Salient to Investors:

Peter Temin at MIT and David Vines at Oxford write:

The global economy succeeded in the second half of the 20th century because US power could recruit countries to cooperate to maintain prosperity, and again at the end of the 19th century led by Britain.

The US has squandered its leadership with two elective wars and massive tax cuts, and with low interest rates and a property boom. Countries normally raise taxes to fight wars, but the US did the opposite, believing ‘deficits don’t matter’ and tolerating a property boom because inflation did not rise.

Germany has squandered its leadership within Europe, because the architecture of the new currency union was flawed.

Unemployment is widespread across the industrial world because the private sector is holding back on expenditure. Idle workers naturally become angry and join extreme political parties.

The personal sector remains burdened with housing debt in the US, while in Europe banks are heavily burdened and will not lend. Investors are holding back and causing high unemployment and low growth to become self-fulfilling prophesies.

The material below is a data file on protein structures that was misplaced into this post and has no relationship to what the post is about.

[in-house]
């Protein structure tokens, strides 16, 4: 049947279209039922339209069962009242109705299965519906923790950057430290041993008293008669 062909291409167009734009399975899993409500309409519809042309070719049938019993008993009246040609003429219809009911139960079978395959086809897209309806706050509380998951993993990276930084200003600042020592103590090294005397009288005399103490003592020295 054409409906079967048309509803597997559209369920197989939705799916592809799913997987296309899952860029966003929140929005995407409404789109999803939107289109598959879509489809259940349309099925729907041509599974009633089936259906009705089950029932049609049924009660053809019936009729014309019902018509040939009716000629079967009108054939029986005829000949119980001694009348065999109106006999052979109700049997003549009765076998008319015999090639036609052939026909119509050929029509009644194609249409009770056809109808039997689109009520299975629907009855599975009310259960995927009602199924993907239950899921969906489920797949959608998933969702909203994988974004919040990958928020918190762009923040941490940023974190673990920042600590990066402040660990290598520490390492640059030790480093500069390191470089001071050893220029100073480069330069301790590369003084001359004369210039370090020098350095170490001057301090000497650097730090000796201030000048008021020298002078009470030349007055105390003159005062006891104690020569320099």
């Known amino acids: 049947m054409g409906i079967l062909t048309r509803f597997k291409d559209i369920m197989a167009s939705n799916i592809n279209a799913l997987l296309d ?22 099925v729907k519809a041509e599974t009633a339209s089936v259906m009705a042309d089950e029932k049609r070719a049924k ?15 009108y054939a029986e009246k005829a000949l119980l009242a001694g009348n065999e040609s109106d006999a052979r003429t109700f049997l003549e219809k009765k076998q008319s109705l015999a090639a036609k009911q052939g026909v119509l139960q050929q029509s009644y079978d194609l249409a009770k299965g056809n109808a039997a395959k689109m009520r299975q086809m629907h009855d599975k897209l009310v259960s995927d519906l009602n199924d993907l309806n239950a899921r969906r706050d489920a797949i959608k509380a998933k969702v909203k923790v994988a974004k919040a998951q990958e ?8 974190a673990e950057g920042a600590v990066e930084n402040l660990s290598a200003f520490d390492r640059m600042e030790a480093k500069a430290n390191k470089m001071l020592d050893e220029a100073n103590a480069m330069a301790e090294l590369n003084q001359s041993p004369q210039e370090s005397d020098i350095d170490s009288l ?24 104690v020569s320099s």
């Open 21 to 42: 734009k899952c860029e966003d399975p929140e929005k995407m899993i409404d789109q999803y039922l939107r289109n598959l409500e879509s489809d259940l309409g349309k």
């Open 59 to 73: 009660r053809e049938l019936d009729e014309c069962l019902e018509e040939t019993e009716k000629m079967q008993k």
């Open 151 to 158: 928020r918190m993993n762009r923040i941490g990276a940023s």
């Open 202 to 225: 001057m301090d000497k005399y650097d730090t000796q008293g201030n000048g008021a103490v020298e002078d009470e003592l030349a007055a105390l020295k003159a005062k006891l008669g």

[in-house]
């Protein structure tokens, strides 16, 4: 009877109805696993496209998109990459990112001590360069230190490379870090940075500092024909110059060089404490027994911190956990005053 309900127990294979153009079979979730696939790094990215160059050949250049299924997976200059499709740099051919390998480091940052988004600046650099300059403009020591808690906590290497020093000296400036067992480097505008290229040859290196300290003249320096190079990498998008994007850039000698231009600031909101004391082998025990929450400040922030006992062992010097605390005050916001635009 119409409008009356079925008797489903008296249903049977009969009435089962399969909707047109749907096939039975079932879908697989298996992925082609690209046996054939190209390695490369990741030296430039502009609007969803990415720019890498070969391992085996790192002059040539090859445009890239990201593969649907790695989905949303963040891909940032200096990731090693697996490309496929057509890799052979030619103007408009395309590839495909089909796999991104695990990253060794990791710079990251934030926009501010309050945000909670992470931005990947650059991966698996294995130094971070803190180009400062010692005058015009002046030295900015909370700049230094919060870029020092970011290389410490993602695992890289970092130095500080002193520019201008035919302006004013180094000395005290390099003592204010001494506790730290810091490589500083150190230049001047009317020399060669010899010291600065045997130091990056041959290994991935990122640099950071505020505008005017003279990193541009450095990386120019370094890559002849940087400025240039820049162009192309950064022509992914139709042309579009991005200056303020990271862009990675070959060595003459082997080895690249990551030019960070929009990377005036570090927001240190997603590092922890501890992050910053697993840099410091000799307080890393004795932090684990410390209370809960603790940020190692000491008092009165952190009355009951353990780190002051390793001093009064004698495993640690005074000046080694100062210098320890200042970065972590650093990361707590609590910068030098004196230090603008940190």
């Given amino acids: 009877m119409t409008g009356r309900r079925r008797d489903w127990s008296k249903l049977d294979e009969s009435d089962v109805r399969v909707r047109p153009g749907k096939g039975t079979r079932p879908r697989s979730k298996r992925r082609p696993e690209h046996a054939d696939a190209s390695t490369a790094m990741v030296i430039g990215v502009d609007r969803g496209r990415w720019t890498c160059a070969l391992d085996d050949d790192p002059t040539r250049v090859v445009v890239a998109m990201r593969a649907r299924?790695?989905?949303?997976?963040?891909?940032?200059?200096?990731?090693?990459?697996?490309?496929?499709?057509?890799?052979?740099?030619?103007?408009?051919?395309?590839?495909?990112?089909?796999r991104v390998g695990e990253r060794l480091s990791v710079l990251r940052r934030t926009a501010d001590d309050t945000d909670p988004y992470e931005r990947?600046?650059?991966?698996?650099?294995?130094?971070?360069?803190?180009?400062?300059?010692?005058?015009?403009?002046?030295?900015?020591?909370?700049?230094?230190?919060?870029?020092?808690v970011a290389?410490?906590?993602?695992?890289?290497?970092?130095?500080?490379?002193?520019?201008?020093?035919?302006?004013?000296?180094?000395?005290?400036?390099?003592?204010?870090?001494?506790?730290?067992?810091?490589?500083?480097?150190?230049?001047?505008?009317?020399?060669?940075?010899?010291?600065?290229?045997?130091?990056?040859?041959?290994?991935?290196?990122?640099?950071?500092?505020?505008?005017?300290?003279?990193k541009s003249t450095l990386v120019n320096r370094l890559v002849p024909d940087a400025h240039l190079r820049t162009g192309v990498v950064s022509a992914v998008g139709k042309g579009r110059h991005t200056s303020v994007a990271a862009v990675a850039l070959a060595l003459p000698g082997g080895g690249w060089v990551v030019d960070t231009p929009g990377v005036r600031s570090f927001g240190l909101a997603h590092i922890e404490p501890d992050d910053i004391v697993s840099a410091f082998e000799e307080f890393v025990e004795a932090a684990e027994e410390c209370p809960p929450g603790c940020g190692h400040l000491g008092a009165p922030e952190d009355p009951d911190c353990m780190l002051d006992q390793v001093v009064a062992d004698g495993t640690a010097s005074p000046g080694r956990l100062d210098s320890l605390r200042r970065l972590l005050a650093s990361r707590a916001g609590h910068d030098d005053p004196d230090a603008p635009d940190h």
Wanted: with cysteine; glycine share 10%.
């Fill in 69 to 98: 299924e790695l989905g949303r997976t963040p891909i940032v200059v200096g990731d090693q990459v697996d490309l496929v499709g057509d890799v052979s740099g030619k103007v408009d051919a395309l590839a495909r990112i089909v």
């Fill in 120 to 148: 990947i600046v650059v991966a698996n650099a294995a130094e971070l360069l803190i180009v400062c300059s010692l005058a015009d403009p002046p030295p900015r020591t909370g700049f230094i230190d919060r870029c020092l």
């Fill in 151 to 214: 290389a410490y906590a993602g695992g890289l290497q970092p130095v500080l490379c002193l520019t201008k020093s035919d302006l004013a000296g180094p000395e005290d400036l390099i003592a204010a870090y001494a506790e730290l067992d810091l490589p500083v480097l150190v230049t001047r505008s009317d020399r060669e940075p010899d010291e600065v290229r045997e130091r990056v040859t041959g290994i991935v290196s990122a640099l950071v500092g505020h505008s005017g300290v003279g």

The gross debt-to-GDP ratio in the US may exceed 100% in 2013, and is approaching 90% in Europe.

The 1930s taught us that the first priority of economic policy is to reduce unemployment, but this is widely seen – wrongly – as conflicting with the need to deal first with the fiscal crisis, just as there was a widely held view that the gold standard should come first in the early 1930s.

Countries with low demand and massive unemployment are unable to service and draw down their debt: just as they were unable to defend the gold standard. The reduction in fiscal debts from spectacular levels after World War II took place at a time of full employment, growth and rising tax revenues.

International cooperation is needed to solve these problems but cooperation and foresight are in short supply – opposition in the US to new taxes and German reluctance to expand to ease the burden on the southern Europeans. Countries in East Asia, including China, remain hesitant to expand demand rapidly enough to absorb goods exported by the US and Europe.

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